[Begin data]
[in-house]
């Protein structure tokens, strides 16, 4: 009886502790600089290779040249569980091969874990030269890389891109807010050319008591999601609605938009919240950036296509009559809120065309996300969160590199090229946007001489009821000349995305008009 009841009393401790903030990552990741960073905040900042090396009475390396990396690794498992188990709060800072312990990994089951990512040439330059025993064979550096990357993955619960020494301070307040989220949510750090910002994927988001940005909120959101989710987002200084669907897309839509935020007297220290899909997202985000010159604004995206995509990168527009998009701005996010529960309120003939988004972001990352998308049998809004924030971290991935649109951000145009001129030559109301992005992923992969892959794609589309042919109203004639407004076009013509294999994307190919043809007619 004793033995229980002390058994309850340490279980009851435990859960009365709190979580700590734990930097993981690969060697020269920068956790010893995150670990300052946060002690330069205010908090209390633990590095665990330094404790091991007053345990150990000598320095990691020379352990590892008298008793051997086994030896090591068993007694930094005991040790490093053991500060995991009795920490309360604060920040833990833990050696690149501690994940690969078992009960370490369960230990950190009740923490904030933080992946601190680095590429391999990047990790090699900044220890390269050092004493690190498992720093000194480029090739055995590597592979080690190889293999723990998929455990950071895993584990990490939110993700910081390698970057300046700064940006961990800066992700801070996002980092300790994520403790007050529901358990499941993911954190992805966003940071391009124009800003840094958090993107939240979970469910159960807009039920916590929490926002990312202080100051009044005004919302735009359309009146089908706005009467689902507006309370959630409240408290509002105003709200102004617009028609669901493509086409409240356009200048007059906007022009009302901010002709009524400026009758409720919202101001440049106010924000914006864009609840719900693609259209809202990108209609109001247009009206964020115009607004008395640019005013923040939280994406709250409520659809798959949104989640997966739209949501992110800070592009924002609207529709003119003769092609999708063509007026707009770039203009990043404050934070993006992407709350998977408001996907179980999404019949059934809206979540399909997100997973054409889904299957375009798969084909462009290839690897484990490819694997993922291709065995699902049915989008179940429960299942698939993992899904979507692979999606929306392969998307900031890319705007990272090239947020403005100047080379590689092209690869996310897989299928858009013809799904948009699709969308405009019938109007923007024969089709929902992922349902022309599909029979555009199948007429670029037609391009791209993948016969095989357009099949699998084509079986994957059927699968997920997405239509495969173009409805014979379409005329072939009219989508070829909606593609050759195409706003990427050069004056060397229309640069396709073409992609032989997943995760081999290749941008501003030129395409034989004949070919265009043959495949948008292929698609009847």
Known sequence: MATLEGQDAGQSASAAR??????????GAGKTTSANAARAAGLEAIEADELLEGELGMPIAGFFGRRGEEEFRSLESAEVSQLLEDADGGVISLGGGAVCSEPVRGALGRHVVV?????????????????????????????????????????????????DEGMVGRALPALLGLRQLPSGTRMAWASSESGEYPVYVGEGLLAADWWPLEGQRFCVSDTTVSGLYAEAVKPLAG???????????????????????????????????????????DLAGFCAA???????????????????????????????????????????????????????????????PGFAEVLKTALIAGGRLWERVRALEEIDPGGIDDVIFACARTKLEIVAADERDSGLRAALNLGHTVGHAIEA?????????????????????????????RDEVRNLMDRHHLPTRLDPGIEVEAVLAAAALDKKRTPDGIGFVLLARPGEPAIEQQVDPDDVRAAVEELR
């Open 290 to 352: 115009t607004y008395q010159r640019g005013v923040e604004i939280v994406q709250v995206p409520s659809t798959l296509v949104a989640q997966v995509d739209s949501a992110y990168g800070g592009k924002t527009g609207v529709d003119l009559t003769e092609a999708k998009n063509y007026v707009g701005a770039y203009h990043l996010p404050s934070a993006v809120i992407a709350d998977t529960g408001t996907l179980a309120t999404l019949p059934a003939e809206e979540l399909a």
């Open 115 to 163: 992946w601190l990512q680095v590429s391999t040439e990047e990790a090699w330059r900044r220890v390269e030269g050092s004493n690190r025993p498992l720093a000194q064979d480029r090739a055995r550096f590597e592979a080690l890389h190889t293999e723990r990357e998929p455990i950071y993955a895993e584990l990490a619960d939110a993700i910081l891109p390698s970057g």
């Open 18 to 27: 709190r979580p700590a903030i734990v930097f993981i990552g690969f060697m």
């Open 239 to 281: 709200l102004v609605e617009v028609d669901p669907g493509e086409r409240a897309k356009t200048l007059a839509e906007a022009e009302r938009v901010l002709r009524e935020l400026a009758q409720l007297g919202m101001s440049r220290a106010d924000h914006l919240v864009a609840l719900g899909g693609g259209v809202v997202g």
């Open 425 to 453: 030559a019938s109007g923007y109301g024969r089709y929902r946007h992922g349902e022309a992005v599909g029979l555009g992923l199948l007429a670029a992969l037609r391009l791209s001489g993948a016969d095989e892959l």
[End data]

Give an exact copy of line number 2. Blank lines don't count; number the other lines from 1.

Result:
């Protein structure tokens, strides 16, 4: 009886502790600089290779040249569980091969874990030269890389891109807010050319008591999601609605938009919240950036296509009559809120065309996300969160590199090229946007001489009821000349995305008009 009841009393401790903030990552990741960073905040900042090396009475390396990396690794498992188990709060800072312990990994089951990512040439330059025993064979550096990357993955619960020494301070307040989220949510750090910002994927988001940005909120959101989710987002200084669907897309839509935020007297220290899909997202985000010159604004995206995509990168527009998009701005996010529960309120003939988004972001990352998308049998809004924030971290991935649109951000145009001129030559109301992005992923992969892959794609589309042919109203004639407004076009013509294999994307190919043809007619 004793033995229980002390058994309850340490279980009851435990859960009365709190979580700590734990930097993981690969060697020269920068956790010893995150670990300052946060002690330069205010908090209390633990590095665990330094404790091991007053345990150990000598320095990691020379352990590892008298008793051997086994030896090591068993007694930094005991040790490093053991500060995991009795920490309360604060920040833990833990050696690149501690994940690969078992009960370490369960230990950190009740923490904030933080992946601190680095590429391999990047990790090699900044220890390269050092004493690190498992720093000194480029090739055995590597592979080690190889293999723990998929455990950071895993584990990490939110993700910081390698970057300046700064940006961990800066992700801070996002980092300790994520403790007050529901358990499941993911954190992805966003940071391009124009800003840094958090993107939240979970469910159960807009039920916590929490926002990312202080100051009044005004919302735009359309009146089908706005009467689902507006309370959630409240408290509002105003709200102004617009028609669901493509086409409240356009200048007059906007022009009302901010002709009524400026009758409720919202101001440049106010924000914006864009609840719900693609259209809202990108209609109001247009009206964020115009607004008395640019005013923040939280994406709250409520659809798959949104989640997966739209949501992110800070592009924002609207529709003119003769092609999708063509007026707009770039203009990043404050934070993006992407709350998977408001996907179980999404019949059934809206979540399909997100997973054409889904299957375009798969084909462009290839690897484990490819694997993922291709065995699902049915989008179940429960299942698939993992899904979507692979999606929306392969998307900031890319705007990272090239947020403005100047080379590689092209690869996310897989299928858009013809799904948009699709969308405009019938109007923007024969089709929902992922349902022309599909029979555009199948007429670029037609391009791209993948016969095989357009099949699998084509079986994957059927699968997920997405239509495969173009409805014979379409005329072939009219989508070829909606593609050759195409706003990427050069004056060397229309640069396709073409992609032989997943995760081999290749941008501003030129395409034989004949070919265009043959495949948008292929698609009847």